In order to judge the different groups for size and conformation it is desirable, when classing, to separate the young ewes, namely those younger than four-toothed, from the older ewes. A mixed flock of old and young ewes is apt to affect the accuracy of judgment in regard to uniformity of build, especially in the best- group, where this attribute must receive careful attention. The young ewes are usually smaller than the full-grown ones. Consequently, the group, will not appear uniform in regard to this important attribute, more especially when sheep of good and "poorer condition are in the same flock".

On the whole, the test can be made somewhat less severe in the case of young dry ewes than in that of the older ones, since improvement is still possible in young sheep. In any case, in classing young sheep, it is not desirable to lay too much stress on density of fleece, since young sheep with dense wool are liable to have fleeces, which are too short and dense once they are full-grown.


The Comp osition of a Flock

An unclassed flock usually consists of sheep of various types and qualities. The ratio of good to inferior sheep various in the different flocks according to the degree of improvement which has already been effected. In some cases from 80 to 90 per cent of the flock are good sheep, whilst the figure may be as low as 40 to 50 per cent in other cases. The various types of sheep usually found in a flock are as follows:

(a) Culls. - Such sheep are unsuitable for breeding purposes on account of some pronounced fault in conformation and/or wool. The chief defects with regard to conformation are: defective jaws; woolly face; jowls; narrow chest; hollow back; slab-sides; goose-rump; cow-hocks; large folds round the neck, on the body and especially towards the tail; and insufficient size in relation to age. Defects in wool are as follows: short wool, i.e. wool of less than 2¼ in. after 12 months; wool of inferior quality; kemp in parts of or in the whole fleece; defective staple formation such as excessively ropy and watery wool; exaggerated tarry tip; yellow pasty yolk and black or brown blotches in the fleece.

(b) Poor producers. - These sheep yield too little wool and/or are undersized for their age. Too little wool is produced either because the wool is short or because the fleece of the full-grown sheep is too loose. Undersized sheep usually yield small fleeces. Such sheep have small carcases with the result that as slaughter-stock their mutton yield is also very small.

(c) Off-type sheep. - In most flocks the majority or the sheep are animals with uniform qualities. This uniformity is known as " type". Consequently, a flock can be fairly uniform as regards a certain type of conformation, for instance plain-bodiedness, size, etc., as well as certain wool characters such as fineness, length, quantity, etc. One or two, and sometimes even a considerable number of sheep, may differ from the majority by, reason :of undesirable folds and/or small build with short wool. Their presence results in lack of uniformity of type in the flock. Sheep with excessively dense fleeces for a flock under veld conditions must also be regarded as of an undesirable type.

(d) Poor breeders and dams. - In this group we have the regular skips, i.e. those ewes that never lamb; ewes that regularly refuse, to suckle their lambs; those with too little milk under good grazing; conditions arid old ewes. Ewes that regularly skip or refuse their lambs and those with too little milk, should be marked during the lambing season, so that they may be identified when classing; a classer cannot determine such defects with any degree of accuracy on sight. Bad dams cause unnecessary work, since their lambs must usually be reared by hand or tended in other ways. Old, broken-mouthed sheep or those that are so old that they cannot under ordinary circumstances rear a lamb, are rejected on account of age.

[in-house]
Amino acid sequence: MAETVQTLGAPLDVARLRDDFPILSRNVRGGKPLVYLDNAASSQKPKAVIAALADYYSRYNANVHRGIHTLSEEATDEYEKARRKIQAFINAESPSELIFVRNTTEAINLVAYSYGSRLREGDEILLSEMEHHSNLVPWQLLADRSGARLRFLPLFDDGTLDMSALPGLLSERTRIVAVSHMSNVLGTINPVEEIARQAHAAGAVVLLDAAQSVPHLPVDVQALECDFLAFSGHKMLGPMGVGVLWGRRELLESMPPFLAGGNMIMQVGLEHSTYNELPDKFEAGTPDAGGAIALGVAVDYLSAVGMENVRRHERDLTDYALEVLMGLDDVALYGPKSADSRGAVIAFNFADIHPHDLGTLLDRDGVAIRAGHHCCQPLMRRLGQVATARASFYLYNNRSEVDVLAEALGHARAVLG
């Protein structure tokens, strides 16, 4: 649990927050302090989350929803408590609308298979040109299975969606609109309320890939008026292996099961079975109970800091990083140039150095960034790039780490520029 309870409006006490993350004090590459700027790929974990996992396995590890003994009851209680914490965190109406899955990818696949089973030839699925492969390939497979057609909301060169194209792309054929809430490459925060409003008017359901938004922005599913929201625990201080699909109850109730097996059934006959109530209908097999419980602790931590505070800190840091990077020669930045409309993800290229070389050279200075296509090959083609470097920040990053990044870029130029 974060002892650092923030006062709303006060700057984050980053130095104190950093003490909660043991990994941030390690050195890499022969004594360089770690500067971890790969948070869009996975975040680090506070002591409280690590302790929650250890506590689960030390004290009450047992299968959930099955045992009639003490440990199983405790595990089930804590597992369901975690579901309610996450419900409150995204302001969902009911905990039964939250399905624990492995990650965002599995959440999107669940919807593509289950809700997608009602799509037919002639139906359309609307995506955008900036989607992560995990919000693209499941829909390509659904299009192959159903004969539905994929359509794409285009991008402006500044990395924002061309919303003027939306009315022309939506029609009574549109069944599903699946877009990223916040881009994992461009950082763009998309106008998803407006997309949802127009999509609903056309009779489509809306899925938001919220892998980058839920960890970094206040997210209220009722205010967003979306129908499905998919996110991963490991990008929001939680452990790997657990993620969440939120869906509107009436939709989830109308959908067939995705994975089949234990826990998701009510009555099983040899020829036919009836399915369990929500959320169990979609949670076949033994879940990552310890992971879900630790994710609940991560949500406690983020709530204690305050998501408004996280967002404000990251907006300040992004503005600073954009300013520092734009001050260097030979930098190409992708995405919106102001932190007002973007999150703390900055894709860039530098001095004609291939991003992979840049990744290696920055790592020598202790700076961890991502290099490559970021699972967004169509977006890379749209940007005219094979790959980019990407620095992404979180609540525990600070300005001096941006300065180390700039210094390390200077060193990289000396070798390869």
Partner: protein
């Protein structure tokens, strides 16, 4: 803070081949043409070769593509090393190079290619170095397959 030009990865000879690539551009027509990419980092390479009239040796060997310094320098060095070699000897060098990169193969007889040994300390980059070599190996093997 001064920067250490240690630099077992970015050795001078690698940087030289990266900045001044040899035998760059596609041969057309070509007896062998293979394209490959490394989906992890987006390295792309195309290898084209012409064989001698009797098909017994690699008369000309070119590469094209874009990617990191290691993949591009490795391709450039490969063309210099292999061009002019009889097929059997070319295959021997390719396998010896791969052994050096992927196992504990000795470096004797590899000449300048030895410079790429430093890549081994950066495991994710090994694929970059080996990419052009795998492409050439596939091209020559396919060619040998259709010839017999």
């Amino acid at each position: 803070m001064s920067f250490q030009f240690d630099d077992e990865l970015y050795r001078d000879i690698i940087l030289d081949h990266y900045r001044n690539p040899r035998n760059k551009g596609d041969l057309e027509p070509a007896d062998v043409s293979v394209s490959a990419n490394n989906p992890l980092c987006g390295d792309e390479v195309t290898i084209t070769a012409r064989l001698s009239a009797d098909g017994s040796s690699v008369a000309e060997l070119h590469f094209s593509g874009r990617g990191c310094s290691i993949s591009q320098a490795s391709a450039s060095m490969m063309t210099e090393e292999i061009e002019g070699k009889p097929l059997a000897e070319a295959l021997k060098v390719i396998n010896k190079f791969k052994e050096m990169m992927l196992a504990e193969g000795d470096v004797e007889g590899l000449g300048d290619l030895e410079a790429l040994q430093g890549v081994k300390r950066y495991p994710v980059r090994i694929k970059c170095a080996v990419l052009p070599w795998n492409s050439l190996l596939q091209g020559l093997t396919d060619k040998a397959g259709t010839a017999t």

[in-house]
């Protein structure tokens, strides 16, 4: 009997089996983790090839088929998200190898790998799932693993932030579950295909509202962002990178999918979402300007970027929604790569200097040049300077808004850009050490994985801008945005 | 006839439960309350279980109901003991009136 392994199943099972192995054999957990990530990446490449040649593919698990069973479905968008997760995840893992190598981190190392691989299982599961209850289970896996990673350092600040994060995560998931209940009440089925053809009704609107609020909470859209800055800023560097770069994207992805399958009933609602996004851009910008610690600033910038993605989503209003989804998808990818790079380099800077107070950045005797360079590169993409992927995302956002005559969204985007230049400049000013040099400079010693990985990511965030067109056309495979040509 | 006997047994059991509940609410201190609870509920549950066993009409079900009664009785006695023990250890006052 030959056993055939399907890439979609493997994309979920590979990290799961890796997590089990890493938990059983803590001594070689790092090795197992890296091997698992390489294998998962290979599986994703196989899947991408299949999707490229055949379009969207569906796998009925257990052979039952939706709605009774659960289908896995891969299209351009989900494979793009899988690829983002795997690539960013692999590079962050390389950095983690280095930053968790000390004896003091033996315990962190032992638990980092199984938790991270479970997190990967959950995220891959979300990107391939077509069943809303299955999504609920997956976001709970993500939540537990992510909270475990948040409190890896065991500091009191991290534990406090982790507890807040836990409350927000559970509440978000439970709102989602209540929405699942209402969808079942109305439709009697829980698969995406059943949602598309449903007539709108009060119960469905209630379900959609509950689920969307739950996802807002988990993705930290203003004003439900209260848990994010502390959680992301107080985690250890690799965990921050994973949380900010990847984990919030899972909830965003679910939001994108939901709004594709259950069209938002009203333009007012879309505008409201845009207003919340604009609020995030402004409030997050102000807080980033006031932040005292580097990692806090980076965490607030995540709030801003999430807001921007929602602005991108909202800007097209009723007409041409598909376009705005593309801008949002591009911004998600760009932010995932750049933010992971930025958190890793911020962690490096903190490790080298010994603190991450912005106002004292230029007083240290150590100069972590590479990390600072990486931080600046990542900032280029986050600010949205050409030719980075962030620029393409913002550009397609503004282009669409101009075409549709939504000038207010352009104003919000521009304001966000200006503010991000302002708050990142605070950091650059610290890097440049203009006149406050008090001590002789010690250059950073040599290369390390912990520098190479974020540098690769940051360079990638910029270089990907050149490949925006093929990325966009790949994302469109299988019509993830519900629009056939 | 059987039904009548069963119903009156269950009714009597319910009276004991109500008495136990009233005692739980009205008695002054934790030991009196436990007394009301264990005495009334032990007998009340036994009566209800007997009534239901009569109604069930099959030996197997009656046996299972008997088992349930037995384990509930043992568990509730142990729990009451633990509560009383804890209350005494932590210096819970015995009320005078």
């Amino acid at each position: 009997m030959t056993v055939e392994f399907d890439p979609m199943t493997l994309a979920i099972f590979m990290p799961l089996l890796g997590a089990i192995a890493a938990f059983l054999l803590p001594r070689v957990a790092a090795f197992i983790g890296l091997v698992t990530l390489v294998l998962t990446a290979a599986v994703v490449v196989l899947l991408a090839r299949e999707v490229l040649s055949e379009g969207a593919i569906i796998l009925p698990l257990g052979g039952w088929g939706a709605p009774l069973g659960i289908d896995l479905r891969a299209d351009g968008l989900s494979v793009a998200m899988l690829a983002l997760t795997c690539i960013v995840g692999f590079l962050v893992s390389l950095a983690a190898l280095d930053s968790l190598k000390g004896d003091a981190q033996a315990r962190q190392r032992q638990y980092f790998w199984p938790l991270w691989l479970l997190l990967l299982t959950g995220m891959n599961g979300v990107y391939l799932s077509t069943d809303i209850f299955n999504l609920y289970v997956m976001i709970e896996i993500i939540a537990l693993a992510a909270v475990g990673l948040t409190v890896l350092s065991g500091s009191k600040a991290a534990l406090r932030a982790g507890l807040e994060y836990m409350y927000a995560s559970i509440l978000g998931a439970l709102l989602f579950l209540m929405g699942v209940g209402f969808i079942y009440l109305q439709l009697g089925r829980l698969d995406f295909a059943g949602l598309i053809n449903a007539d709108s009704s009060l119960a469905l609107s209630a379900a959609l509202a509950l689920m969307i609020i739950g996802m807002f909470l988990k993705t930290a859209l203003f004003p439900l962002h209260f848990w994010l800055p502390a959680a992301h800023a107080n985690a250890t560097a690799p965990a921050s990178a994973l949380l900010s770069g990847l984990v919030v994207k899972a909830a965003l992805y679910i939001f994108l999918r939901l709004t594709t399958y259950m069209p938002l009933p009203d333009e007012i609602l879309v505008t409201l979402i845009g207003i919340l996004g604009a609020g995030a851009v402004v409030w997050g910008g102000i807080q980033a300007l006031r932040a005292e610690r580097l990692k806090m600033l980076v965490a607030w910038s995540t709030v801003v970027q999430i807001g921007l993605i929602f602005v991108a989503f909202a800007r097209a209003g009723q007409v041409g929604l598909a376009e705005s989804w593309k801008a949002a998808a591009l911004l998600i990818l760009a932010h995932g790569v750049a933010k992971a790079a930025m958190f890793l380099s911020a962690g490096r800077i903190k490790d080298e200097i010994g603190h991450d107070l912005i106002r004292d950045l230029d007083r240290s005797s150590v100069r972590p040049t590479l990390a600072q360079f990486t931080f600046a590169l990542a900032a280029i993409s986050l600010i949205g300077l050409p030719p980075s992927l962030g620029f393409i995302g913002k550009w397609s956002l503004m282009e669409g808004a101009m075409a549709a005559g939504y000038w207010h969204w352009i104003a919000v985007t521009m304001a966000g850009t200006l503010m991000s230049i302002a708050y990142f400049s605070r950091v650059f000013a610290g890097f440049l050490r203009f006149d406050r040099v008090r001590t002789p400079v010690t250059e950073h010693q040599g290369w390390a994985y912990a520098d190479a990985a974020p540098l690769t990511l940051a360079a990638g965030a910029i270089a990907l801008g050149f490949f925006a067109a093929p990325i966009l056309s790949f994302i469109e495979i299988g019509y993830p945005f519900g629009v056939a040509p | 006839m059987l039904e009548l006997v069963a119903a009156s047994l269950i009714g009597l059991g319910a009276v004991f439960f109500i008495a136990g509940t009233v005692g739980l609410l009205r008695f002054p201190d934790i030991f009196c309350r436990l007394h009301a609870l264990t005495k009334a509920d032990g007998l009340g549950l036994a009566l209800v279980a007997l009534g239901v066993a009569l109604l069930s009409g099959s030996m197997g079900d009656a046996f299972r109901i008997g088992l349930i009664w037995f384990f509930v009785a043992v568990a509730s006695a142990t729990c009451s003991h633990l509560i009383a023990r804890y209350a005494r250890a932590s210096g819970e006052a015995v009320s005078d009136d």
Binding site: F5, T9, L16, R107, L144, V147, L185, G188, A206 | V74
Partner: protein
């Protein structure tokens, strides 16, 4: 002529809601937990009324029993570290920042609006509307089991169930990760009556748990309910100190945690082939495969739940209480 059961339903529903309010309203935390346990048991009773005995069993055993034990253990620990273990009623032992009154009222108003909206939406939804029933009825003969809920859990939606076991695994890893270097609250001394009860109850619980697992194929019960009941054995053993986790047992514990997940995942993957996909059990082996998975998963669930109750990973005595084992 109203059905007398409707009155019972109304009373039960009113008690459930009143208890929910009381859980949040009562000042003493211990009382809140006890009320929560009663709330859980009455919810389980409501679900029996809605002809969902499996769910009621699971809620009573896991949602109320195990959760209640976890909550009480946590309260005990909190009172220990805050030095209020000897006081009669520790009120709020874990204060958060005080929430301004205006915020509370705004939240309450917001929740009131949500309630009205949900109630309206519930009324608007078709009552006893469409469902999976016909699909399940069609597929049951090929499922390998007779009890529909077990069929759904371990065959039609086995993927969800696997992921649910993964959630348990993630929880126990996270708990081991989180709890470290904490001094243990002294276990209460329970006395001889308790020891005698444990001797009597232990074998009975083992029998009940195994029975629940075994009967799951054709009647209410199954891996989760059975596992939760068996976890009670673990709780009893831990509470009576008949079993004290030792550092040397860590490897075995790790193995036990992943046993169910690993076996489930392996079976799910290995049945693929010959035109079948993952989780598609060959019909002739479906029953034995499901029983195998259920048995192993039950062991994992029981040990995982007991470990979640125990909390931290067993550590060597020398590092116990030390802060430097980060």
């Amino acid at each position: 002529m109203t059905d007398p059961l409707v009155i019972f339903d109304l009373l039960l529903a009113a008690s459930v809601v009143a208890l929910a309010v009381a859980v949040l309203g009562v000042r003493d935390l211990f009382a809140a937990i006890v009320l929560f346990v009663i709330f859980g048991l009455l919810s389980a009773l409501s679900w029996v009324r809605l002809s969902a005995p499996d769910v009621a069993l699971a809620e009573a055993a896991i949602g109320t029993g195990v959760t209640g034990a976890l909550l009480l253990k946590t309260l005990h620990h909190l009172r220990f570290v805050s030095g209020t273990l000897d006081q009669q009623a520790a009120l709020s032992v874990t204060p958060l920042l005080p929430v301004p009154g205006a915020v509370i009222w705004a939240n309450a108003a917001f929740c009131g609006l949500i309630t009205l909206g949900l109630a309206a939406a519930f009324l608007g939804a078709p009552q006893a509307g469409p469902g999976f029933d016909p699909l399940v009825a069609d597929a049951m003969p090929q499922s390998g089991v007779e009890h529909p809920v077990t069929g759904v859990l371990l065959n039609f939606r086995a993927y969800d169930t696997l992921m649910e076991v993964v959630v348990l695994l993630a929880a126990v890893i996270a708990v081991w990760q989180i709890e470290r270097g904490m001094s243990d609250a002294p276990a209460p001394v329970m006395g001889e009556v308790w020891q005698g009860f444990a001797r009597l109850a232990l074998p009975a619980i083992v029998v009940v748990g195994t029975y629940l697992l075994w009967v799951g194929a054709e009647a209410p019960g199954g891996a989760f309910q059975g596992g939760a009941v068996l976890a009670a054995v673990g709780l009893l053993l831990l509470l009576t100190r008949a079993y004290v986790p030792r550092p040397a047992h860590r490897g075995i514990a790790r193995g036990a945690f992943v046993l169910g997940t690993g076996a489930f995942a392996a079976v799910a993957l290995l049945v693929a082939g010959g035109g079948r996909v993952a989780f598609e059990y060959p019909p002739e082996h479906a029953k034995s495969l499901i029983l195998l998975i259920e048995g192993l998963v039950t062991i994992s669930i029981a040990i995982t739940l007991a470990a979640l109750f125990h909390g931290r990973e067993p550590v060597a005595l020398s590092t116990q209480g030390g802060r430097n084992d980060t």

(e) The paying group.- Finally we come to the most important group, consisting of sheep that justify their keep. They are the ewes showing the minimum defects with regard to conformation and wool. Any defects they may have, are present only in a slight degree. These ewes conform to type, i.e. they are large, plain-bodied, strongly built sheep with a reasonable amount of wool of good length, i.e. of. A 3 in. or more and good quality and body. These are the ewes that will breed the future ewes for the flock or the wethers that are suitable for shearing and the mutton market. These ewes lamb regularly, suckle their lambs and have enough milk to rear them under normal conditions, and in addition, yield a paying clip.


Procedure in Classing

Owing to variations in quality in most flocks and since each flock has its own peculiarities in some respects, it is necessary that each flock should be treated on its own merits. The same method of classing can be followed throughout, but the standard applied will not necessarily be the same in all cases. It will differ for flocks from the same locality as well as for those from different areas of the country. The difference in grazing, veld and climatic conditions has to be taken into account. Consequently, the standard for a good sheep in one locality will, depending on the conditions, have to be higher or lower than in another locality.

Just as in classing wool, the first and foremost task is to fix a standard based on the quality of the different groups. If the removal of culls is the sole aim, the flock will have to be divided into only two groups, viz. flock and culls. If, on the other hand, the classer has to take into consideration the standard of production, remunerativeness, and, in many cases, numbers as well, the following fairly easy and effective procedure is recommended. This method ensures good work, especially where the classer is unfamiliar with the flock.

The first step consists in classing, the sheep in the following three groups:

(a) The best, consisting of ewes that definitely conform to the remunerative standard and are of the desired type. They will possess the best aggregate of good conformation and wool attributes. Whereas constitution and size are important attributes, uniform good length of fibre in relation to age, quality, and a reasonable amount of wool, must be taken into account when judging the fleece. An average wool production of from 8 to 12 lb. will be a reasonable amount for wool of a fairly light condition.

(b) Ewes of a poorer quality than the first, consisting of animals with defects which are not sufficiently pronounced to justify their being regarded as culls. Such sheep will usually be poor producers on account of their small or lanky build or short or loose wool. In other words, there will be some doubt as to whether it would pay to keep them. Sheep, which are not too far off-type, may also be classed with this group.



Farming in South Africa 20